It's Never Too Late to Make a Change
Although retirement planning mistakes can make it difficult to enjoy the lifestyle you'd like, financial advisors say there is always time to make a positive change.
"It's never too late to fix things, even if someone is in their first year of retirement or five years in," Gavlak says. "There is still time to adjust [a retirement plan]."
Filed under: Company News
By Krystal Steinmetz
Barabas, a Los Angeles-based men's clothing company, has been clobbered with unprecedented demand for two of its $128 shirts, and it has this individual to thank for its overnight success: Mexican drug lord Joaquin "El Chapo" Guzman.
According to the Los Angeles Times, immediately after photographs of the drug kingpin wearing two different Barabas shirts were published in Rolling Stone magazine in early January, the orders for the shirts started piling up.
Barabas went overnight from receiving 10 to 20 orders per day to hundreds of orders per day. In fact, the company's website crashed due to the overwhelming flood of orders.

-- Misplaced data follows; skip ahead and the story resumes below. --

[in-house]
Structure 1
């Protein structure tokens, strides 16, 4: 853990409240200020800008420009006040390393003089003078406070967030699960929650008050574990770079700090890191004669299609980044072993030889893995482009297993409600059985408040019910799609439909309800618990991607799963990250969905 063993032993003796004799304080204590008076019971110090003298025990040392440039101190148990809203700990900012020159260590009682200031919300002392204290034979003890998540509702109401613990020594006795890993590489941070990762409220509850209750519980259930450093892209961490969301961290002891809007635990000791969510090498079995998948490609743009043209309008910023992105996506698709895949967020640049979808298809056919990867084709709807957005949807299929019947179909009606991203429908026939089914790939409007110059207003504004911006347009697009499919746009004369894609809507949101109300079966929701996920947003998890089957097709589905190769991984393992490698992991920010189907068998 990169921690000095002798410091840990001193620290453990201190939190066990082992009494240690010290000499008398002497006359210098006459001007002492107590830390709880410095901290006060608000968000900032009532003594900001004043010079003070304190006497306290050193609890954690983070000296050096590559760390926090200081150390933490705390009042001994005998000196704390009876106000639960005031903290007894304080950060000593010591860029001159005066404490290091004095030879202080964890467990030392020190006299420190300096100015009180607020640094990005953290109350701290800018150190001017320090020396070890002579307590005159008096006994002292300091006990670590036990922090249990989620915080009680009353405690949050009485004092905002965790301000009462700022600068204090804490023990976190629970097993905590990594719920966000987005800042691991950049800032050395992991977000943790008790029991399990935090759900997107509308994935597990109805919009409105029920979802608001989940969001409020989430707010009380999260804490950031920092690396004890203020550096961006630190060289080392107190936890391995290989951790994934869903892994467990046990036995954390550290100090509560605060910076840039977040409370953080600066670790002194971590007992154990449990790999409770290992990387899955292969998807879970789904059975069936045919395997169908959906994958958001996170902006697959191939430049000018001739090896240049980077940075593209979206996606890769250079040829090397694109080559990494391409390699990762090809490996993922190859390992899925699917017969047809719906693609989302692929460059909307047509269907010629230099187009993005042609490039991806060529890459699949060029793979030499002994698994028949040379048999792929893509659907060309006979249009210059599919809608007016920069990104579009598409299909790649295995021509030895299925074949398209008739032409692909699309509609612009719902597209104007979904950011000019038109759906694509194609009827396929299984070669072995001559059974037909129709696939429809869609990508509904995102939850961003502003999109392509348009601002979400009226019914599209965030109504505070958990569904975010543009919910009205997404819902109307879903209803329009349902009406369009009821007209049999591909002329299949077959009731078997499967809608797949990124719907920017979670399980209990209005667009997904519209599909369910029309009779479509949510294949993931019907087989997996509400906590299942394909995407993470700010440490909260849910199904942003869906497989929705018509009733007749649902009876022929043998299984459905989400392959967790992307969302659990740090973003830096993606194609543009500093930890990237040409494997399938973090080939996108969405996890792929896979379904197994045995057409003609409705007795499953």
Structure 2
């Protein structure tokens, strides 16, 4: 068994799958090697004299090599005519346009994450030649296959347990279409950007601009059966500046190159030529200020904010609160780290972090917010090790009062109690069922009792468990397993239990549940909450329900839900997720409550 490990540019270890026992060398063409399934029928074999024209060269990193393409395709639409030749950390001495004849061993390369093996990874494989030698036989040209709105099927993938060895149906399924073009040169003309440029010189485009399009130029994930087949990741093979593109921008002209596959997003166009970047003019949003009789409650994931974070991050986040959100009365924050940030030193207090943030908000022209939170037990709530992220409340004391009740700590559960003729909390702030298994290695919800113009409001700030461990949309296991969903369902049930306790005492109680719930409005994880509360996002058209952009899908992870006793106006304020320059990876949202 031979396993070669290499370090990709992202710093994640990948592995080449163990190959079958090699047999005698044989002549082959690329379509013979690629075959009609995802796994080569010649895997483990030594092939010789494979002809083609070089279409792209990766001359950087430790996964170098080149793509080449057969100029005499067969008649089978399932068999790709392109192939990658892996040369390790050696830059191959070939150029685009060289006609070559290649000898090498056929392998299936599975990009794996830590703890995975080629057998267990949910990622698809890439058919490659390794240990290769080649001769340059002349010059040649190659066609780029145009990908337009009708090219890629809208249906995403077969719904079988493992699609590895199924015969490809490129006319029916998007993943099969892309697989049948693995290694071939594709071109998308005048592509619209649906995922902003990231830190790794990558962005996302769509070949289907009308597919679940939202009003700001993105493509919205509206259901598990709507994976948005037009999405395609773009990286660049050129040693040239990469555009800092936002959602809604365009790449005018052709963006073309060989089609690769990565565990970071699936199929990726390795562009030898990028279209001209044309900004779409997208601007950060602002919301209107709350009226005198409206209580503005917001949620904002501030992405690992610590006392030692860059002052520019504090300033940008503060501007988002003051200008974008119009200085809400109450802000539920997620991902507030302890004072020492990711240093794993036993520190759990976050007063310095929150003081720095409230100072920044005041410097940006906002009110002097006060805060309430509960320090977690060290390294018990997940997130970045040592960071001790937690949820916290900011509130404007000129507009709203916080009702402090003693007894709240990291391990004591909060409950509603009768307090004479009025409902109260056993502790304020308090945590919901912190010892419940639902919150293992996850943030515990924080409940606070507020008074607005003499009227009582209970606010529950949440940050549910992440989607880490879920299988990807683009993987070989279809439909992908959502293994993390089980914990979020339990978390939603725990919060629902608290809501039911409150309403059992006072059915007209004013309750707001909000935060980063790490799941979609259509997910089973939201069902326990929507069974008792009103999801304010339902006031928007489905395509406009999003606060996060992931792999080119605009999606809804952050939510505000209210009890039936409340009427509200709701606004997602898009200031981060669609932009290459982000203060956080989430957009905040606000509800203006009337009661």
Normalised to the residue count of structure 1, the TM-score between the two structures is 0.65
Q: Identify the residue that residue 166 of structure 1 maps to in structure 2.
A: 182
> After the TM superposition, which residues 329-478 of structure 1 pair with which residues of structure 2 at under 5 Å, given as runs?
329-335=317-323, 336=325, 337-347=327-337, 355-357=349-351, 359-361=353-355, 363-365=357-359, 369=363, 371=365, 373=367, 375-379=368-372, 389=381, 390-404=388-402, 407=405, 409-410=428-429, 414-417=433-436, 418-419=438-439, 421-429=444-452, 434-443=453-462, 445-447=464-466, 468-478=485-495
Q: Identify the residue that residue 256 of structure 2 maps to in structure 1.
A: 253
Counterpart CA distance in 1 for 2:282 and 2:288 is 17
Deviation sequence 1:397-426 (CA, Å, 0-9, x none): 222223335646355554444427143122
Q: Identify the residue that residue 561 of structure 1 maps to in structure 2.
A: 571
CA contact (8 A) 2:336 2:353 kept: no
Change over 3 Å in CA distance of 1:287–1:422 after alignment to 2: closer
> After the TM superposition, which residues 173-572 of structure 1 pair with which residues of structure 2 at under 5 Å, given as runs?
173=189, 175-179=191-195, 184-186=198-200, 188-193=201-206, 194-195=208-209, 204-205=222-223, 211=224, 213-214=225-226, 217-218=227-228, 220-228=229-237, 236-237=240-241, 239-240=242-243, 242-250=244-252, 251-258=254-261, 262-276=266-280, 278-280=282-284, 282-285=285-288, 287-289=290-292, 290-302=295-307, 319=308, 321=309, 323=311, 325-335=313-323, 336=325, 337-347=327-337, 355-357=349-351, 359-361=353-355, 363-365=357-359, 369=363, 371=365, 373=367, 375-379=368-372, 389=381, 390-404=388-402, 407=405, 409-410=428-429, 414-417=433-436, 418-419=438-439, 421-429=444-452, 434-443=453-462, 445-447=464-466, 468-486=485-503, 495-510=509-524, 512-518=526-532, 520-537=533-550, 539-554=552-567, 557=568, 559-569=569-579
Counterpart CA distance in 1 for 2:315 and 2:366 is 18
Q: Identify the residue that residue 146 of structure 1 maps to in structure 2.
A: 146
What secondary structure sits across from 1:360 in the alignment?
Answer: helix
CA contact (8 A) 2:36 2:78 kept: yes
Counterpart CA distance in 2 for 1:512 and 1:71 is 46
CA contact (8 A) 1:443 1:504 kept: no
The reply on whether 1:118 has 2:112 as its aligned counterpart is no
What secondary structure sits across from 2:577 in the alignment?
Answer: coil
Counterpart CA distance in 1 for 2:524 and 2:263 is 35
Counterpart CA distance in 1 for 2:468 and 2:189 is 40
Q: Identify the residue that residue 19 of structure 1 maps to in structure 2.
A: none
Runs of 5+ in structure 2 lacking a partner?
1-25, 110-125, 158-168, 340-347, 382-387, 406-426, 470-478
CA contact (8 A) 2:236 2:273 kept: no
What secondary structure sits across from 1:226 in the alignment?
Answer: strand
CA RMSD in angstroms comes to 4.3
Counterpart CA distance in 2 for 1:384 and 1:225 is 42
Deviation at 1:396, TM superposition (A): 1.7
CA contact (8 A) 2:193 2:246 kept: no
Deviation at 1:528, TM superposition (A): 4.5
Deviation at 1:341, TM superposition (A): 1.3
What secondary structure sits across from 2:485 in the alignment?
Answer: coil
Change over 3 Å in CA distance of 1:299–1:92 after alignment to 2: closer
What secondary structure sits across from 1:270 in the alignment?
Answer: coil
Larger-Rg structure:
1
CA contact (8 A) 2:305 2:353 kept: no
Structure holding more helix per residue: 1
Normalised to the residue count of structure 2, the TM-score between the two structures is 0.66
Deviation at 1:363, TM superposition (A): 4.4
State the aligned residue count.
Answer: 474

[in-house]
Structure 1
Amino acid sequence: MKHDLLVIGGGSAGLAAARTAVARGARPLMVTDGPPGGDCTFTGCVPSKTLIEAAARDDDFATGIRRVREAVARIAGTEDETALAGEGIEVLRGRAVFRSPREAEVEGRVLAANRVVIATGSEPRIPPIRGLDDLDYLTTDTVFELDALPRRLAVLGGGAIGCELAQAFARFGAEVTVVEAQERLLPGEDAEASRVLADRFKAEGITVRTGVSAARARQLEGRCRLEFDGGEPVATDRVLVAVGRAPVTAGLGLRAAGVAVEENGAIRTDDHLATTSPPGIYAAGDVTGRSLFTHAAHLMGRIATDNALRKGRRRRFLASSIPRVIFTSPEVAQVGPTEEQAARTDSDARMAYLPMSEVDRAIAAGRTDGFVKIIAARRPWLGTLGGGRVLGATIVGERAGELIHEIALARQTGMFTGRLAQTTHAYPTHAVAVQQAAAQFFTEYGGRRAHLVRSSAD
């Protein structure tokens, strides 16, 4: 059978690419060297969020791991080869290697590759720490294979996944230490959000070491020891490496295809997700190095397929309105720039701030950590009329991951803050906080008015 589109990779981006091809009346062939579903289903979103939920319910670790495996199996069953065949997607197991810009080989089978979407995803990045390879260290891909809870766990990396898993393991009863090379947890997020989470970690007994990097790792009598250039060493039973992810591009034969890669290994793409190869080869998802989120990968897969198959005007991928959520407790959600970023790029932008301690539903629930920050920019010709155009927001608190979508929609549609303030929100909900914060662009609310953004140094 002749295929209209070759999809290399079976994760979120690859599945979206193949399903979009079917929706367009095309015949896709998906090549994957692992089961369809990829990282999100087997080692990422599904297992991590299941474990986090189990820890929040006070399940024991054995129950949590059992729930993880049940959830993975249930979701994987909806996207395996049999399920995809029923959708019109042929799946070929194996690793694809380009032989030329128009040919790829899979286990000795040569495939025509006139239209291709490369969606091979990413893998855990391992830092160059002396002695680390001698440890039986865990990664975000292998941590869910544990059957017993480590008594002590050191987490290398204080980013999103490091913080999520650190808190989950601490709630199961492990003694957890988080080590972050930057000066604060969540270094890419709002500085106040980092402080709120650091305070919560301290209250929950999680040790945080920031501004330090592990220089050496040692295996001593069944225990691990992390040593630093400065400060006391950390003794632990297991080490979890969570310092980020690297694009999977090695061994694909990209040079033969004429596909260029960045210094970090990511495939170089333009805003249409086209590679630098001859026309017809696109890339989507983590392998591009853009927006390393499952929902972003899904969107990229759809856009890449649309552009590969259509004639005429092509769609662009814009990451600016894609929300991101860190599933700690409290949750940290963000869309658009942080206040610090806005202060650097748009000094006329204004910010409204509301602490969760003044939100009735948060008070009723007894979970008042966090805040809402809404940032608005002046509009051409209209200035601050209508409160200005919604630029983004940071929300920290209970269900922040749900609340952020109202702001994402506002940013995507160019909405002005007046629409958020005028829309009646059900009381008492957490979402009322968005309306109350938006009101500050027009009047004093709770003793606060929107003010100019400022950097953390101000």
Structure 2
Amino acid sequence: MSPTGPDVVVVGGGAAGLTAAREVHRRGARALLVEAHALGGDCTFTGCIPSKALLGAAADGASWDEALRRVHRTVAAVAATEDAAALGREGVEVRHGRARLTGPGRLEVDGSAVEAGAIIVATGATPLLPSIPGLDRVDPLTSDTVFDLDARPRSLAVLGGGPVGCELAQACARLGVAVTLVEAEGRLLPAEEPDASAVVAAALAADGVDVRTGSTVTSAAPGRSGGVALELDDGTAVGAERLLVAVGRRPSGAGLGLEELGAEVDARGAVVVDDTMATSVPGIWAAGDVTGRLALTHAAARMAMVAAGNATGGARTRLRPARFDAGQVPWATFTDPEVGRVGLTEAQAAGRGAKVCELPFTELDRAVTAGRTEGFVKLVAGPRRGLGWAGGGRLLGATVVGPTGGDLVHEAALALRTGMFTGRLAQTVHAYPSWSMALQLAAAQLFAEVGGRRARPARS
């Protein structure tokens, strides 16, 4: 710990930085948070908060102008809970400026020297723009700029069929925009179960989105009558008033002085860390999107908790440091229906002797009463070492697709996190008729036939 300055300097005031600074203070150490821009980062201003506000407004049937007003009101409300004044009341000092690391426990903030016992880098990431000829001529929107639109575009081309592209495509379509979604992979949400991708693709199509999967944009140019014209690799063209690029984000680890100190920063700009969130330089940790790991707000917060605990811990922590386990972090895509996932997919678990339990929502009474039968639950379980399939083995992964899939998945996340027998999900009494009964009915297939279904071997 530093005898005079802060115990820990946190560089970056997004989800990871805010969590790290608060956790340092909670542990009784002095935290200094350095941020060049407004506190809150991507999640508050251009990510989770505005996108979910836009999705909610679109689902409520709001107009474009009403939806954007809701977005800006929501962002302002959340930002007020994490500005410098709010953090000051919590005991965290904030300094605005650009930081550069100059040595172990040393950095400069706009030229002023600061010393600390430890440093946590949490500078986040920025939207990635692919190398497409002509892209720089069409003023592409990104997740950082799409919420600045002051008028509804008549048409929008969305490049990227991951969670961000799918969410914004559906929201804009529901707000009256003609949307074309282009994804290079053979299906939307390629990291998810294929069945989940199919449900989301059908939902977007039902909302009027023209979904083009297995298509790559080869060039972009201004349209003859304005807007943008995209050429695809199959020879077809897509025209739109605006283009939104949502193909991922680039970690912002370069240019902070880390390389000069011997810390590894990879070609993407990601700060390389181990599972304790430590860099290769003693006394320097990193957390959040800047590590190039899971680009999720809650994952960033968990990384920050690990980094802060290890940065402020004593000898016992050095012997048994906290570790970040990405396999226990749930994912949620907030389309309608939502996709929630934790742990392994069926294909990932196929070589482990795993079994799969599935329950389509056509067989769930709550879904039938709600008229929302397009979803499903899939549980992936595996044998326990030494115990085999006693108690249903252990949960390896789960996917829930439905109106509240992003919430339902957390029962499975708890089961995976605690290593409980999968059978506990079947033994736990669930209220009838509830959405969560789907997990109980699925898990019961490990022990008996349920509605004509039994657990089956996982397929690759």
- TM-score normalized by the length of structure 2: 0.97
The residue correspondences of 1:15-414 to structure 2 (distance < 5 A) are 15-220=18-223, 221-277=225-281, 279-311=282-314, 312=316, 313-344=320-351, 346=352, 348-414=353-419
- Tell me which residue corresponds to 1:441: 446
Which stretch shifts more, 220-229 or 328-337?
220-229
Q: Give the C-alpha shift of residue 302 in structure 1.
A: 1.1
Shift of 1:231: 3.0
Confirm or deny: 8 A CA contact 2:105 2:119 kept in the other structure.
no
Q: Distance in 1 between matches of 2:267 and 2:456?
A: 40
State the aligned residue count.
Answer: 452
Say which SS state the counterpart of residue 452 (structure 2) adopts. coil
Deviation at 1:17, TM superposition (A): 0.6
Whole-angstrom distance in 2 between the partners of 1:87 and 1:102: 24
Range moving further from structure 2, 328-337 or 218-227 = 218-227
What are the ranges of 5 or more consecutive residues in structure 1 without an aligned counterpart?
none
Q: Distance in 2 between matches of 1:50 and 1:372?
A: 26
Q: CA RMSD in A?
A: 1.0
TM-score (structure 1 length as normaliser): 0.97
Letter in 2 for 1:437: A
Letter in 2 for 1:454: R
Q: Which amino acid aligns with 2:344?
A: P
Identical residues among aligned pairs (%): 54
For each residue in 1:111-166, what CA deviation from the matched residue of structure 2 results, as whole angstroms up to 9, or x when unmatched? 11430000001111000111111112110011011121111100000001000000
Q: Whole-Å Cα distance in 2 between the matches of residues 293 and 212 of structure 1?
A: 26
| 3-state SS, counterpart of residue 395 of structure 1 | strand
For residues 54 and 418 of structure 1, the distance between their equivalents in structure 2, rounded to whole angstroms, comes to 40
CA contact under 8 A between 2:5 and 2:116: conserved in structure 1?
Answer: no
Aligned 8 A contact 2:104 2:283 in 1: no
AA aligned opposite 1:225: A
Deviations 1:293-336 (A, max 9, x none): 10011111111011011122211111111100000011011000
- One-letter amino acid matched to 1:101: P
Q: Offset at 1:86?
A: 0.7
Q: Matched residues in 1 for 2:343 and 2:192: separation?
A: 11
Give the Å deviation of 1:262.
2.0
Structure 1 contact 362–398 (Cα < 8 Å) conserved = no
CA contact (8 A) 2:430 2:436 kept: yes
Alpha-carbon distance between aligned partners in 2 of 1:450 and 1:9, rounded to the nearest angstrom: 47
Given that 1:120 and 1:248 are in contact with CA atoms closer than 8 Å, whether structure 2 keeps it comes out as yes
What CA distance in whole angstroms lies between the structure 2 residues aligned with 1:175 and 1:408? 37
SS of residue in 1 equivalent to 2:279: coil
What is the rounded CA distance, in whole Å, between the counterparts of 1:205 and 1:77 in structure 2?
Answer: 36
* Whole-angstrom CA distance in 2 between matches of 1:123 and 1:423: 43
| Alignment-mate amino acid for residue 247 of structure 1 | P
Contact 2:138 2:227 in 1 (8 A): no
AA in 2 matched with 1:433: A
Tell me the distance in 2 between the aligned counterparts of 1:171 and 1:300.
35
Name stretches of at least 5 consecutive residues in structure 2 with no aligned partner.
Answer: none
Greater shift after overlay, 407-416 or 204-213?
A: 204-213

"This sudden madness - I cannot call it anything different," Tatiana Kivachook, vice president of Barabas, told the newspaper. Kivachook runs the clothing company with her husband, Sam Esteghball.
The now famous "El Chapo" shirts are both blue, long-sleeved, button-down shirts. One has a paisley pattern and one features a floral design.
Although they sell for $128 each on the Barabas website, some sellers have listed the shirts for as much as $500 on eBay. The Barabas website said the company is donating 5 percent of the profits from sales of the two "El Chapo" shirts to the Drug Abuse Resistance Education, or D.A.R.E..
Barabas - a company with just eight employees - has struggled to keep up with global demand for the shirts, which are currently on back order, but the Barabas website said the shirts should be shipped by Feb. 5.